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Lecture 8

PSYB20 - Lecture 8.docx

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Mark Schmuckler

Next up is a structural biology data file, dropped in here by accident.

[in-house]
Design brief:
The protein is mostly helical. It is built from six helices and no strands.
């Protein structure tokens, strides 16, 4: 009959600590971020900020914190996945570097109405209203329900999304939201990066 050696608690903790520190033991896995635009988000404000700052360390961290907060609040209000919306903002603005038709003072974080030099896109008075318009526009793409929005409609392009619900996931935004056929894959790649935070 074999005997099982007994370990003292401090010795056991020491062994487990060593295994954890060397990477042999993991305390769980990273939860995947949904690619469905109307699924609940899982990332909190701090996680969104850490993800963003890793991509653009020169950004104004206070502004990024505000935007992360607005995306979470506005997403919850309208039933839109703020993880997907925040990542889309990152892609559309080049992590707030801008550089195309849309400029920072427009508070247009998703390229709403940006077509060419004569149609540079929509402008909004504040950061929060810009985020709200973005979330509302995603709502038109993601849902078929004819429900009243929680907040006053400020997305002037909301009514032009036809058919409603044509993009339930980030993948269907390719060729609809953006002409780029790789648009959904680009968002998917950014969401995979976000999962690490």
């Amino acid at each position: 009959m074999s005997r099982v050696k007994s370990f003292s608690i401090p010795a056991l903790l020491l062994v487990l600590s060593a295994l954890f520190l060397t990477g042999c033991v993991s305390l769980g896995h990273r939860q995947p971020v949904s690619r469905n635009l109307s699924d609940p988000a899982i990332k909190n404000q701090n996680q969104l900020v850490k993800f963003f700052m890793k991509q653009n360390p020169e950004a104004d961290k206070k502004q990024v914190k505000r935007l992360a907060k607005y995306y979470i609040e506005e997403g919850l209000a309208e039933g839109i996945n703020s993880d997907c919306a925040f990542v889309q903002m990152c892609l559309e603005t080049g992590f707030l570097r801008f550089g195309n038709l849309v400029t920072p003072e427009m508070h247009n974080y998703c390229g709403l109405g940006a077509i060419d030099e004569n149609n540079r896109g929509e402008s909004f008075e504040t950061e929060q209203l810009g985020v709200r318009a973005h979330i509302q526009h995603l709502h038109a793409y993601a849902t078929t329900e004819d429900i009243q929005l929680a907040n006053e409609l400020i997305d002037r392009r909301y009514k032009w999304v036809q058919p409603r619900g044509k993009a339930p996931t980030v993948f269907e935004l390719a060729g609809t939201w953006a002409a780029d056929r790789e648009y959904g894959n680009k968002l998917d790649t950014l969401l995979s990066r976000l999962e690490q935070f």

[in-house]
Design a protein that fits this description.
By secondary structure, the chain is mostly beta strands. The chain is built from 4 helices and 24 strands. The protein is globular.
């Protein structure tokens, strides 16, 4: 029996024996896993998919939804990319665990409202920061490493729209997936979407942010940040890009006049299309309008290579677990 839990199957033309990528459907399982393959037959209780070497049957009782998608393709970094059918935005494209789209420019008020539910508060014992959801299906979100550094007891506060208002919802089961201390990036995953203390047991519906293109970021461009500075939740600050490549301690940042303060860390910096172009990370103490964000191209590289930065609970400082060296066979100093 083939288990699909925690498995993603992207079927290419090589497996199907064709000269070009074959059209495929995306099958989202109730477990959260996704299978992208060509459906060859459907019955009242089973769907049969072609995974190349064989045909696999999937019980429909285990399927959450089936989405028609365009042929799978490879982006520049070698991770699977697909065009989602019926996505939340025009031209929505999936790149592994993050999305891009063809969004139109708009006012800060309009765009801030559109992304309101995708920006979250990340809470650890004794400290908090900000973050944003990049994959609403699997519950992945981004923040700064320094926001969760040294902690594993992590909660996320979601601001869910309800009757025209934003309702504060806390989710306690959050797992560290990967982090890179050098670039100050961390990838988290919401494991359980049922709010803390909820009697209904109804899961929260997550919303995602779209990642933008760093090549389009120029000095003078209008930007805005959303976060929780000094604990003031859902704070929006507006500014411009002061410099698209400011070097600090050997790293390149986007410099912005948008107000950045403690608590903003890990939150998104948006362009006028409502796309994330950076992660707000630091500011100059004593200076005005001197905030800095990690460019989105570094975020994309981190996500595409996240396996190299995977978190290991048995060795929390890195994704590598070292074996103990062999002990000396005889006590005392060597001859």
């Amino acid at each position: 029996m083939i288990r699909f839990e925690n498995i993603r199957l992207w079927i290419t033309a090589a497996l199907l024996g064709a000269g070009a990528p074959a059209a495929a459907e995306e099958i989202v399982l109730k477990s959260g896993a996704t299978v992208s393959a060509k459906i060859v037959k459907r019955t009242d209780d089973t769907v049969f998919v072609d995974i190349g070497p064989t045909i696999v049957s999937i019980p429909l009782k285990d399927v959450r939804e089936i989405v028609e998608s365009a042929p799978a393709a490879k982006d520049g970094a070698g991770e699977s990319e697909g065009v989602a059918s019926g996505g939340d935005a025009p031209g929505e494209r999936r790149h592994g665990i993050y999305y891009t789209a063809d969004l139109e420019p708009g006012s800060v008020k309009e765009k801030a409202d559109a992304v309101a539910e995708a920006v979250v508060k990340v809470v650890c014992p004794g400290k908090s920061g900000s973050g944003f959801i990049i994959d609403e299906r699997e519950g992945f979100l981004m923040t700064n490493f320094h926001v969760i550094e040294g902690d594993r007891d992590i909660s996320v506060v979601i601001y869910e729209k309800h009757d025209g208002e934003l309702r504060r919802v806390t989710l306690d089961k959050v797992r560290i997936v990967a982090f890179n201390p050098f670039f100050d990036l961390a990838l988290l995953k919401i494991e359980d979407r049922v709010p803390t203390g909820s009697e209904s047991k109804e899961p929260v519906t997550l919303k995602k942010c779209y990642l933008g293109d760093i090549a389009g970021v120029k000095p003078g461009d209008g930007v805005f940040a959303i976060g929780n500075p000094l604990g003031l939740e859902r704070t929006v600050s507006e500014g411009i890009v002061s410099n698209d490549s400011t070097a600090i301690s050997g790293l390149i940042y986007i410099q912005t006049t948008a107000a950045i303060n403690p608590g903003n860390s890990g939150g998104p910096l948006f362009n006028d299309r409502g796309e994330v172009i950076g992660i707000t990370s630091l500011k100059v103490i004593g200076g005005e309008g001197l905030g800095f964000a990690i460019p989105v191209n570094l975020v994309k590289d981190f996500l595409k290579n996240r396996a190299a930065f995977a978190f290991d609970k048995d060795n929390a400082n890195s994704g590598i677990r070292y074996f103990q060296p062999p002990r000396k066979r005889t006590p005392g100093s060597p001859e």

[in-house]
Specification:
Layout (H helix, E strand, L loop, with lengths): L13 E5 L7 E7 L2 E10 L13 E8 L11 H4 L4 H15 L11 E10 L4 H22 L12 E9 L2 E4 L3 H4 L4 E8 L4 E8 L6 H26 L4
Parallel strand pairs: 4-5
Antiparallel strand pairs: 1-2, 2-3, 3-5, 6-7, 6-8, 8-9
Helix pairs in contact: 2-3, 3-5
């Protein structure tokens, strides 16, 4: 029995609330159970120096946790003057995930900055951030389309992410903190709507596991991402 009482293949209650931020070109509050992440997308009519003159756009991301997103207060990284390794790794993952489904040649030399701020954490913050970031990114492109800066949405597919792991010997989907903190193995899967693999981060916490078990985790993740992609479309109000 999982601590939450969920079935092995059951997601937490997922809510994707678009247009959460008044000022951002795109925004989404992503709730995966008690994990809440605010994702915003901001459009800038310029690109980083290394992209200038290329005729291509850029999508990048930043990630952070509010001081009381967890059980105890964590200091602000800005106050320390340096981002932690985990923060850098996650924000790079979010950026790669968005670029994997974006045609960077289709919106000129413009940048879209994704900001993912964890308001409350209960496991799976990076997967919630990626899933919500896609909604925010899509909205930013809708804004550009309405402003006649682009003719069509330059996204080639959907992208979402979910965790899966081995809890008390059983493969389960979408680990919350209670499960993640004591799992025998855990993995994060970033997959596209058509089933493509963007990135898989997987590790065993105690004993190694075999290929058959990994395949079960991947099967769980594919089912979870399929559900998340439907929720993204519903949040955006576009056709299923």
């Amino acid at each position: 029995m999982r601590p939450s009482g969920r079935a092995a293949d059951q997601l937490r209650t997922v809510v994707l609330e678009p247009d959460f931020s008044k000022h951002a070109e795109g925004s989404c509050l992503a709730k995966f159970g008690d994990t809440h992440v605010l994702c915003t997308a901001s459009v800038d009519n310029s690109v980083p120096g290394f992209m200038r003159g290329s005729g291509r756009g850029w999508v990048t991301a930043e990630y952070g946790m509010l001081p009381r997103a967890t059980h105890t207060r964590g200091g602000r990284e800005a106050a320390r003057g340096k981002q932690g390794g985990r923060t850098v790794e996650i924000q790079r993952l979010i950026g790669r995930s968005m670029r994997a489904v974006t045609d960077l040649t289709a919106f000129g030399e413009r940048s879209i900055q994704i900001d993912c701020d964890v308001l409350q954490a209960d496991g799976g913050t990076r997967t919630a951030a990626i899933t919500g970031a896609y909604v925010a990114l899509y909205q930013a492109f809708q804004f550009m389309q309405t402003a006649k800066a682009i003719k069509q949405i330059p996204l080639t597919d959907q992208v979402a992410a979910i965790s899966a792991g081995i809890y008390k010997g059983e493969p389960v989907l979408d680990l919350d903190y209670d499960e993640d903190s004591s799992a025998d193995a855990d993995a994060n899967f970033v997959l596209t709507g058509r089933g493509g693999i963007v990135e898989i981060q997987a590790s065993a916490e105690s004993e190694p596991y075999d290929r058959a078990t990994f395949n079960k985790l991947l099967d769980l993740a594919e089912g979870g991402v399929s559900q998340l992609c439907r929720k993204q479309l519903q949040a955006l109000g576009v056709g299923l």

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PSYB20 – Lecture 8 Prof’s Speech - Purple - Basic progress – in infancy, babies distinguish basic sounds of language, say first words, by 1-2 years of age, start to combine words, by 6 years, have thousands of words in vocabulary - Nativist – children are strongly prewired - 1950s – researchers didn’t take young children figuring out important properties of language seriously Slide 2 – Theories of Language Development - The Behaviourist Approach o Children at an early age are creative with language – they can create novel phrases  This creative ability is a problem for the behaviourist account - B.F. Skinner o Learning language through conditioning  Language is acquired through the principles of learning and conditioning, specifically operant conditioning  Parents reinforce child to produce language (operant condition) o Learning language through imitation  Children will use imitation to acquire complex phrases  Children combine operant conditioning and imitation to produce language development  Reinforcement and imitation have clear roles, but are seen as supporting of language development, not the fundamental cause Slide 3 – The Nativist Approach - Noam Chomsky o Child’s ability to learn language – uniquely human skill that is hardwired into the brain - The Language Acquisition Device (LAD) o Given the components of language/grammar, the child has to use the LAD to learn language o The existence of universal grammar  Set of grammatical rules universal to languages  Learn to speak language in a fundamentally role-oriented fashion  Newborns are sensitive to speech sounds  All children reach language milestones in a similar sequence o Are children biological prepared to learn language?  The ability to master a grammatically complex language seems to be uniquely human  Work with chimps and language may argue this, but the most highly trained chimp is not near equivalent to a 3-4 year old  When humans hear language, they can easily and rapidly learn that language - Language areas in the brain o Area has received much attention in the past 30-40 years o Language is housed in the left hemisphere of the brain o Complicated relationship between language the following two areas o Neither area is mainly responsible for specific language function – language function is housed in the left hemisphere, not solely these areas o If damage occurs in the brain at an early age, other areas of the brain can start to take over those functions o Broca’s area (left frontal lobe) – grammatical processing and language production o Wernicke’s area (left temporal lobe) – comprehending word meaning o Aphasias – communication disorder  Broca’s aphasia – pronounciation problem, problem with grammar  Wernicke’s aphasia – meaningless speech o Sensitive periods for language development  Period where child is primarily ready for language, weaker version of critical period  Research on American Sign Language (ASL)  Late learners never become as proficient at ASL than those who learn it in childhood  Second language learning  Age of immigration – related to language learning; older age of immigration, the more difficult it is to learn language  Brain image studies support this idea  When learning a second language, it doesn’t become as lateralized when you are older  No clear boundary as to when sensitive periods being and end  People can learn 2 languages throughout their lives (countering the idea of a sensitive period) o Limitations of the nativist view  Problems in specifying universal grammar  Innate grammatical knowledge and language development  Notion doesn’t fit; child knows how to use the rule but generally uses and produces errors as he/she is learning  Mastery of language is not achieved until mid-late childhood  Learning process is ongoing  Chomsky – major impact on the views of language development o Developmental account was challenged on many grounds o Difficulty in establishing a structure of the universal grammar  Problem: absence of description of the universal grammar, what are the rules?  Brains of bilinguals process information differently than monolinguals Slide 5 – The Interactionist Approach - Emphasizes inner capacity/skills and environment - Michael Tomosello o Information processing perspective  Child makes sense of language environment o Social interaction perspective  Emphasizes social skills  Pressure to communicate uses caregivers to provide appropriate language exposure for the child  Parents provide much social support for language Slide 6 – Getting Ready to Talk - Before child says first words, they have pre-language abilities - Cooing and babbling o Around 2 months – babies begin to make vowel-like sounds – cooing o Around 6 months – in CV combination, babbling takes place o Babbling in infancy  Babies everywhere babble, including deaf babies  For babbling to develop, baby has to be able to hear his/her own speech o Babbling in deaf infants  Babbling tends to stop in deaf infants  Deaf children begin to babble with hands (onset of ASL?) o
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